Edwards Couple Reflects On Diamond Princess Quarantine

Judy Kramer
County Reporter
Norman Koelling and his wife Peggy Jones-Koelling, of Edwards, sailed out of the sovereign city-state and island country of Singapore, aboard the Diamond Princess Cruise Ship, on January 6, 2020. They arrived at Yokohama, Japan, on January 20, during the first leg of their journey and picked up more passengers. Then, they cruised to Hong Kong, Taiwan, Okinawa and other places before returning to Yokohama on February 3, a day earlier than scheduled. Instead of carrying out plans to disembark, the crew and passengers were put into quarantine for what was expected to be 14 days onboard the ship by the Japanese government. But they only spent 12 days onboard in quarantine.“When the cruise ship stopped in Hong Kong, one of the passengers left the cruise because he became very sick,” said Norman Koelling. “No one checked to see what was wrong with him until he went to a hospital and was found to have the coronavirus. The Japanese government was notified of his situation and ordered the quarantine of the ship. We were all tested on the ship, but we did not receive our results until we were sent to Travis AFB.”Koelling said that many people on the cruise were senior citizens, including he and his wife, and one set of grandparents had two grandchildren with them in an inside stateroom without windows. During the first three days of quarantine aboard ship, no one was allowed to leave theirrooms. And, after that they were only allowed to leave rooms for one and a-half hours, every other day. The release from rooms was done by deck.“One thing that was on my mind was ‘How much medicine should you pack for a cruise?’” said Koelling. “I had packed an extra five days of meds because we had planned to stay in Tokyo a few days after the cruise. So, 26 doctors and other medical professionals were brought on board to fill prescriptions for those who were running out of their supplies. The only problem was that most of the new prescriptions were in containers that had Japanese instructions. I tried to decipher which medicine was which by looking at the dosage number, and the color of pills. Then, I asked a doctor and nurse who were in the room next door if I had figured out my medicines correctly. I had.”Koelling said that while they were on the ship, the U.S. State Department sent emails to passengers telling them what was going on, and that it was working with the Japanese government. The emails stated that they would either be sent by jet to Lackland AFB in Texas or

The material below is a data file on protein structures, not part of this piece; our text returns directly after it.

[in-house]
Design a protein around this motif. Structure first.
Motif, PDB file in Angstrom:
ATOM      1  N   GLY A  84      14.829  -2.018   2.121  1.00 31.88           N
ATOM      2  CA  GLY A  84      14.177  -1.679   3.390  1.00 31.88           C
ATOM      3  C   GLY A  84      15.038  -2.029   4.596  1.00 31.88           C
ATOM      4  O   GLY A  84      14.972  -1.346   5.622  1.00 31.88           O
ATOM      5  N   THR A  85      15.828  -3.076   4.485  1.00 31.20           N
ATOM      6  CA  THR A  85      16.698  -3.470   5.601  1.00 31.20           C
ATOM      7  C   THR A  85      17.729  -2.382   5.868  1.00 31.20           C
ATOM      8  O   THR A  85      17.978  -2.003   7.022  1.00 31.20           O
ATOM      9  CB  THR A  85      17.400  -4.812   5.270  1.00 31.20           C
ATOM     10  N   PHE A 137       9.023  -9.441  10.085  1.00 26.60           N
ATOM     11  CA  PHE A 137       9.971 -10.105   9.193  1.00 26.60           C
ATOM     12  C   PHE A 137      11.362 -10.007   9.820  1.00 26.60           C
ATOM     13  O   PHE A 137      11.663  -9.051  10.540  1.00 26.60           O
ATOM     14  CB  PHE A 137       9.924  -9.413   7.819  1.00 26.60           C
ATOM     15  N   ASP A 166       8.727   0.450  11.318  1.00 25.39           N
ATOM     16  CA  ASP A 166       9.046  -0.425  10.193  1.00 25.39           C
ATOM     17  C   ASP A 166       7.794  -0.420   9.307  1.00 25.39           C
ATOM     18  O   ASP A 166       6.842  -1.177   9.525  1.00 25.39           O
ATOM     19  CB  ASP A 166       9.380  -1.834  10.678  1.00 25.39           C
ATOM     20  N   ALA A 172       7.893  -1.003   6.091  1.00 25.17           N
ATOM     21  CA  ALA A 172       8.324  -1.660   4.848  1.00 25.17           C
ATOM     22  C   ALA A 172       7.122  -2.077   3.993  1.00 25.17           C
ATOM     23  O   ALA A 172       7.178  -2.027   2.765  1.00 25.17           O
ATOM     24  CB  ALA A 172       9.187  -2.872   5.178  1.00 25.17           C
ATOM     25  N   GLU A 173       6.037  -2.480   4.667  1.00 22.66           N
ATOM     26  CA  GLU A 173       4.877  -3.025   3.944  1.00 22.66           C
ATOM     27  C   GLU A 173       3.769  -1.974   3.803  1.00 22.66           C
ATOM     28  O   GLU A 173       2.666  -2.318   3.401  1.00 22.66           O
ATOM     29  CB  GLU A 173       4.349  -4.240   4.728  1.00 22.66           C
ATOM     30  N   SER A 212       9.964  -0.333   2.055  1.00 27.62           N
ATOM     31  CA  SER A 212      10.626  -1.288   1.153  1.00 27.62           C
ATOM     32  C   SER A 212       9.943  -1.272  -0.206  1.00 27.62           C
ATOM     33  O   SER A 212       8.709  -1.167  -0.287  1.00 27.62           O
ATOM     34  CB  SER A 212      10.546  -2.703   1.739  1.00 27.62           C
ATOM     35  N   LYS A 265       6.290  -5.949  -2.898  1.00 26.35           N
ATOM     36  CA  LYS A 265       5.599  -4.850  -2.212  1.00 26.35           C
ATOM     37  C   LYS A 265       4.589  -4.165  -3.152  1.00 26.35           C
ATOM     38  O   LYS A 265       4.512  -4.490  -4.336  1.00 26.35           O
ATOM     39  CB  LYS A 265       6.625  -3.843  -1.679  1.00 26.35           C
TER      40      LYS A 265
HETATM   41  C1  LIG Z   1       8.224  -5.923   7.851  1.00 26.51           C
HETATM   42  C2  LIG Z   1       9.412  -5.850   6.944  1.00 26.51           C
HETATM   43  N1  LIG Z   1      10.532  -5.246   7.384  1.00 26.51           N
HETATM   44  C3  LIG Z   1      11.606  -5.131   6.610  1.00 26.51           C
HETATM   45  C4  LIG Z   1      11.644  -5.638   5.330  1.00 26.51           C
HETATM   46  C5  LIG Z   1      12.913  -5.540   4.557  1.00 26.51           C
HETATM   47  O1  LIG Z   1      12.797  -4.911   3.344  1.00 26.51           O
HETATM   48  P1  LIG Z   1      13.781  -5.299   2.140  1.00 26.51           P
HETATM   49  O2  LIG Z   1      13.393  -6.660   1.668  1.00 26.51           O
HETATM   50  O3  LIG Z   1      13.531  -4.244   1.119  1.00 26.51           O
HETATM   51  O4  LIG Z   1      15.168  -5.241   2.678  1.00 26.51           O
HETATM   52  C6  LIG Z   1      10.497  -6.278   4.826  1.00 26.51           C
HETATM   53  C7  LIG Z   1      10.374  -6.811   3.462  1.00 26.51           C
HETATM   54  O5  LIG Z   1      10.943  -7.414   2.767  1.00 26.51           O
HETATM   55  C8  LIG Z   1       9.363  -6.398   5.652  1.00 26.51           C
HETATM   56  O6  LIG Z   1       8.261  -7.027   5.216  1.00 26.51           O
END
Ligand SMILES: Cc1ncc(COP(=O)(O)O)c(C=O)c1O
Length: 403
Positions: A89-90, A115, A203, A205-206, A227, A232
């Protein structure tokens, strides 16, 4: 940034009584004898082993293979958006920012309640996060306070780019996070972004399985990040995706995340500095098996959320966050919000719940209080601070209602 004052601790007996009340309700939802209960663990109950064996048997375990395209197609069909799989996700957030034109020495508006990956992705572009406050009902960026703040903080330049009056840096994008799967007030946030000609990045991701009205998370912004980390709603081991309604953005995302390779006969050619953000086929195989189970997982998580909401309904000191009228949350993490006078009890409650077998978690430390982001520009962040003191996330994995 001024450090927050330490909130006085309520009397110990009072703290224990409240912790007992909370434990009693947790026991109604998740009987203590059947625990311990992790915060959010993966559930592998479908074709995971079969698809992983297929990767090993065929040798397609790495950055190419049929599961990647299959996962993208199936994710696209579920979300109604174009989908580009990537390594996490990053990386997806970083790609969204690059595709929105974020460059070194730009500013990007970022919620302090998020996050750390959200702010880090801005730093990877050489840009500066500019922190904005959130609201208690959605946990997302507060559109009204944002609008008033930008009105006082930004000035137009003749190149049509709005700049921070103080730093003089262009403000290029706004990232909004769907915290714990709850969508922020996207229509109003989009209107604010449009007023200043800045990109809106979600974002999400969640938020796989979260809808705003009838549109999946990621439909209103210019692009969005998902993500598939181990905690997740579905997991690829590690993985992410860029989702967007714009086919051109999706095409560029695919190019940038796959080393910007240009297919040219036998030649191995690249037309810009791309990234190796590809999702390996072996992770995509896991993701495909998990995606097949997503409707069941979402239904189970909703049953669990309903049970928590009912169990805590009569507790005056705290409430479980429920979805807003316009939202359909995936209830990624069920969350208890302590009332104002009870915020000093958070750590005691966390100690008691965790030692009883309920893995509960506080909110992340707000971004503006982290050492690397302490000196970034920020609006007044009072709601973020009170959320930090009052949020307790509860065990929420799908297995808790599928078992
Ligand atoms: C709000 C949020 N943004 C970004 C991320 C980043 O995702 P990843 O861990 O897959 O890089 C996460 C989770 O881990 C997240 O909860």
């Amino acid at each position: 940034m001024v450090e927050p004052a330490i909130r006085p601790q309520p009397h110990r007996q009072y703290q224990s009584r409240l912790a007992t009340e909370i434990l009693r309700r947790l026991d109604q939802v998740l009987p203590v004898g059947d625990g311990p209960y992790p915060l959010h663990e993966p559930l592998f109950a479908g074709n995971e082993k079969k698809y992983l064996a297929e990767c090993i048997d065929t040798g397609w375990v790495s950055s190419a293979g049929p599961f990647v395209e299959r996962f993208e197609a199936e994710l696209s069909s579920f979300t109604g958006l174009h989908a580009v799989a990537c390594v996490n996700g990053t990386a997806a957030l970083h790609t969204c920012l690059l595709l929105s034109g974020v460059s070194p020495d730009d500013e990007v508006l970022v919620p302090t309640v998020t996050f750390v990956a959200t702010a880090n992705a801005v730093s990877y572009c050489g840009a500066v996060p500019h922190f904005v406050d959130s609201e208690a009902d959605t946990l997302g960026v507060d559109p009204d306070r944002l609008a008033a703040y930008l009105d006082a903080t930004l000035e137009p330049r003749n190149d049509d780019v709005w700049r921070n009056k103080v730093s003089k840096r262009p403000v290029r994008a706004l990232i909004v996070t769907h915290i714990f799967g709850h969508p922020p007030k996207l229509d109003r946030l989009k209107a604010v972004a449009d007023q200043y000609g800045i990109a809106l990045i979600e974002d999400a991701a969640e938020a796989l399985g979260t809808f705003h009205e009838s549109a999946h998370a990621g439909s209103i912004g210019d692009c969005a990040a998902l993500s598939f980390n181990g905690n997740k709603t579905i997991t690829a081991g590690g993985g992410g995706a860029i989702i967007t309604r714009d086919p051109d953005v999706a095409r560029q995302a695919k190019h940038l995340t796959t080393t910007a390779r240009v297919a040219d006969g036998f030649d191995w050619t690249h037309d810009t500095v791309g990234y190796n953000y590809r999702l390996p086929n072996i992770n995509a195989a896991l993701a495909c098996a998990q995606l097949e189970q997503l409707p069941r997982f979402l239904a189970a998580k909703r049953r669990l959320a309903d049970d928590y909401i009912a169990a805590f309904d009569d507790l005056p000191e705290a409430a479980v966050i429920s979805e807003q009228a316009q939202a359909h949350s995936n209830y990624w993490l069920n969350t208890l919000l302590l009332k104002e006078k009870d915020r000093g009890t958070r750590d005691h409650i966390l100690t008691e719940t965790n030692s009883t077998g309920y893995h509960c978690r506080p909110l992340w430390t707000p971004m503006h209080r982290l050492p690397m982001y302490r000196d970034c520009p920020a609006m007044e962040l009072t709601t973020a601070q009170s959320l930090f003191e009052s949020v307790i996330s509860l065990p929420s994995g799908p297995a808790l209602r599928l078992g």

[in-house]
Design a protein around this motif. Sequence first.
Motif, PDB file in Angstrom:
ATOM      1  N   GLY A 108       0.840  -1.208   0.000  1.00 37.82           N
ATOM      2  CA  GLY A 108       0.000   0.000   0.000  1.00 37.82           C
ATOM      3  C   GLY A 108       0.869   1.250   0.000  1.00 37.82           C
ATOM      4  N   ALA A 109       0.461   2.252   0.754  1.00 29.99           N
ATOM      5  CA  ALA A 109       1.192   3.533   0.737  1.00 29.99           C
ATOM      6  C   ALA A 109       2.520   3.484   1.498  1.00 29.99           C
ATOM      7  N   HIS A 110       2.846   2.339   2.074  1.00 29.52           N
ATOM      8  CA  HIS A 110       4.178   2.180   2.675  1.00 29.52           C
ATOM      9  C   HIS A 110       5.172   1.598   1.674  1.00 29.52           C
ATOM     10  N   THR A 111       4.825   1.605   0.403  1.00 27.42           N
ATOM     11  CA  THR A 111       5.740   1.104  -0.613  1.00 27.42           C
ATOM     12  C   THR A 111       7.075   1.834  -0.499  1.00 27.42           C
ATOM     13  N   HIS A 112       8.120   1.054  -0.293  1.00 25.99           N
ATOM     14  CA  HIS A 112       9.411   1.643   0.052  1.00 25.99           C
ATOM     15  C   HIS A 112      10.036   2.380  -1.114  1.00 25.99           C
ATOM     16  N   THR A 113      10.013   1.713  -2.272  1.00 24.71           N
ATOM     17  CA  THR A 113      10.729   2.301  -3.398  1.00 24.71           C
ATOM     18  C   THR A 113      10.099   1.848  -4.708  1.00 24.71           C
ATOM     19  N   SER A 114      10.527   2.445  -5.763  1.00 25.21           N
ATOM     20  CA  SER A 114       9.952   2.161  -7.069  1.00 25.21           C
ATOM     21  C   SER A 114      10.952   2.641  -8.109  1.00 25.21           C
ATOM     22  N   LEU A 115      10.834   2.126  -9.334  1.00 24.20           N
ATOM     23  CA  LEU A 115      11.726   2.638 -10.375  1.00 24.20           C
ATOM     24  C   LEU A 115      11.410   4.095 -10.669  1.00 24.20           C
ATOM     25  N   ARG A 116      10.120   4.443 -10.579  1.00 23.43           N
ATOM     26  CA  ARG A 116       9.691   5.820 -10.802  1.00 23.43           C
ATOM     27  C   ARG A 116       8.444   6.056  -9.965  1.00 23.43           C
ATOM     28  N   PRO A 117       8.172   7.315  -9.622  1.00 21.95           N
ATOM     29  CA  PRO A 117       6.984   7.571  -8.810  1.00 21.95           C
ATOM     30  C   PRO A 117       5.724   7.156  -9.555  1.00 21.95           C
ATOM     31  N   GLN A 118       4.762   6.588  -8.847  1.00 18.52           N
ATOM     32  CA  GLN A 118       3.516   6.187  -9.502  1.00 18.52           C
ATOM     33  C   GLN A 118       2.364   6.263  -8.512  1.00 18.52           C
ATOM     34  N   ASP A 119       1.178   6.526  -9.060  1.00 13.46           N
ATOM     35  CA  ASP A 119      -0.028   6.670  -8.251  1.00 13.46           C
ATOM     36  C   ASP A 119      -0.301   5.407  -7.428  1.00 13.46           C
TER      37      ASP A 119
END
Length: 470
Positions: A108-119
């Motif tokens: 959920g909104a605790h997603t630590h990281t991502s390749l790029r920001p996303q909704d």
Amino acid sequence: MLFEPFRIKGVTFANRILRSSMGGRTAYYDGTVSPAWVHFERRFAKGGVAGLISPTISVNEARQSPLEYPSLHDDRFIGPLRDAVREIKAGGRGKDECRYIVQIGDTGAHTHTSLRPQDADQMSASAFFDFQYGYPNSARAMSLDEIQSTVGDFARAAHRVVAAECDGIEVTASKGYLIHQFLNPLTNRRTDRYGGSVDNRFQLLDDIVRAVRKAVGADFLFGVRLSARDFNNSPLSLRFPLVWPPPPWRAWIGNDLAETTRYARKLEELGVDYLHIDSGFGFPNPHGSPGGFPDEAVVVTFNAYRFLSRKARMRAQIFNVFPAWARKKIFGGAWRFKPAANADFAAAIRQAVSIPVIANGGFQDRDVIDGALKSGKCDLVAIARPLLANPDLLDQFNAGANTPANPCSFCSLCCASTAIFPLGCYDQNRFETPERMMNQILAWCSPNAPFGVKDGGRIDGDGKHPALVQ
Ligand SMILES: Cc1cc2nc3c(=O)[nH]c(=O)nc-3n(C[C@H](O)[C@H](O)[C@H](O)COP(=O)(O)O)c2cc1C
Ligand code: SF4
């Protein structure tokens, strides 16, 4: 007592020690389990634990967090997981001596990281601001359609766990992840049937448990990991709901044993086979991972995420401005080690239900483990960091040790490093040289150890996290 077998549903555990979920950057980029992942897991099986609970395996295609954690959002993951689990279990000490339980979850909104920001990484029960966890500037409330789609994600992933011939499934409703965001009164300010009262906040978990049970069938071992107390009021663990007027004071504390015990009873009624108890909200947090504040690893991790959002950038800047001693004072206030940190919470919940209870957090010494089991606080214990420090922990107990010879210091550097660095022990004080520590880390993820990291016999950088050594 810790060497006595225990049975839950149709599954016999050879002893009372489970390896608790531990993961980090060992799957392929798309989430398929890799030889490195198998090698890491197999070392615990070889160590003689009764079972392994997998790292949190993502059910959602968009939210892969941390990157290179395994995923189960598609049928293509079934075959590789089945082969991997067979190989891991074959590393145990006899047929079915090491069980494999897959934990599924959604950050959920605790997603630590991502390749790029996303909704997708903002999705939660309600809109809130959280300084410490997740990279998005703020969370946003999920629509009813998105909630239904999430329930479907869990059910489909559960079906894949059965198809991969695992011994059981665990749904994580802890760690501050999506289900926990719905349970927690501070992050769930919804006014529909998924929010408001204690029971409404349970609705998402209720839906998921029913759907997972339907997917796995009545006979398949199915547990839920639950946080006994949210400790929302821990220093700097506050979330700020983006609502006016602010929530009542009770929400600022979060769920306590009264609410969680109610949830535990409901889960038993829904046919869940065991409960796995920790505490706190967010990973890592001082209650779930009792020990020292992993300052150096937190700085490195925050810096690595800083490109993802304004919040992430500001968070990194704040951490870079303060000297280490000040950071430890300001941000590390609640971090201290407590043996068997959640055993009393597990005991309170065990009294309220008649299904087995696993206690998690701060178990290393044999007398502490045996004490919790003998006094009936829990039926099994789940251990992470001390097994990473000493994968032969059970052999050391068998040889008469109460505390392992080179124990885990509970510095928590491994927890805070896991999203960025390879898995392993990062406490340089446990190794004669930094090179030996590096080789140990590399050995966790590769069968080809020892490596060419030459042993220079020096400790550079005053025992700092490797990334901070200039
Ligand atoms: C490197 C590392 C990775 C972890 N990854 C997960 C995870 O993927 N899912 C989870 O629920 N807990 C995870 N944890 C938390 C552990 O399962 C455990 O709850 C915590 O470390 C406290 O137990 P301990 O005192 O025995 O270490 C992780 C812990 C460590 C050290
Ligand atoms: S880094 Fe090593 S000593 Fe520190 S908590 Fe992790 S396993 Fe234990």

Travis AFB in California. After disembarking the cruise ship, eleven buses were used to transport passengers to a 747 Cargo plane that had an isolation booth, and old seats. They had to climb up steps from the tarmac to get onboard.“On February 16, at 9 AM, our luggage was picked up at our stateroom door by Japanese Army personal in hazmat suits.” said Koelling. “Then, State Department officials told us what bus to get on and took our passports. Peggy and I were on different buses. The U.S. State Department was there to make sure the right people got onboard the buses and we sat on them for four or fivehours and were told not to leave. But, finally those who had to go to the bathroom just started getting off  buses anyway. We left the port in Japan, by bus, at 2 PM with police escorts and people looking on from the sidelines taking pictures of us. After we arrived at the airport, it took about an hour and a half for me to get my passport back. Peggy had gotten hers earlier and saved a seat on the plane for me. There were glorified port-a-potties onboard with lines of 10 people waiting to use each one. Two were working and two were out of order. After about five hours into our flight the odor in the plane was bad.  After about 10 hours of flying time we landed and a CDC person boarded and told us that the paperwork filled out in Japan was wrong, and we had to fill out new forms. When we had boarded the plane, we didn’t know where we were going, butwe landed at Travis AFB and were greeted by a line of health care workers with flash lights forming a pathway to the group of buildings with fencing where we were to stay. Two federal marshalls stood guard at the fence. Everyone with a flashlight welcomed us home, and it was very moving. But, it was still the first time in my life that I was not able to go where I wanted, when I wanted.”Koelling said that the on-base apartments were very nice, with two bedrooms and a bath. The group of buildings were called the Air Force Inn. Their laundry was picked up in the morning and delivered back the same day. They had three meals a day, and their temperatures were taken at 7 AM and 5 PM each day. After temperature taking, they were free to walk within the fenced-in area, or watch TV inside. During the quarantine, the Koellings were asked if they wanted to betested for coronavirus and they said yes. It took swabs in the throat and nose to find that they tested negative for the virus. Sometime during the quarantine, Norman Koelling celebrated his 75th birthday.After the 14-day quarantine at Travis AFB, the former cruise ship passengers were given a choice of a bus ride to Oakland, Sacramento, or San Francisco airports, or to a car rental locationwhere they could get transportation home. Koelling and his wife flew out of Sacramento and arrived back in Edwards on March 3. The couple both have letters from the Centers for Disease Control and Prevention declaring them to have negative results from corona virus testing.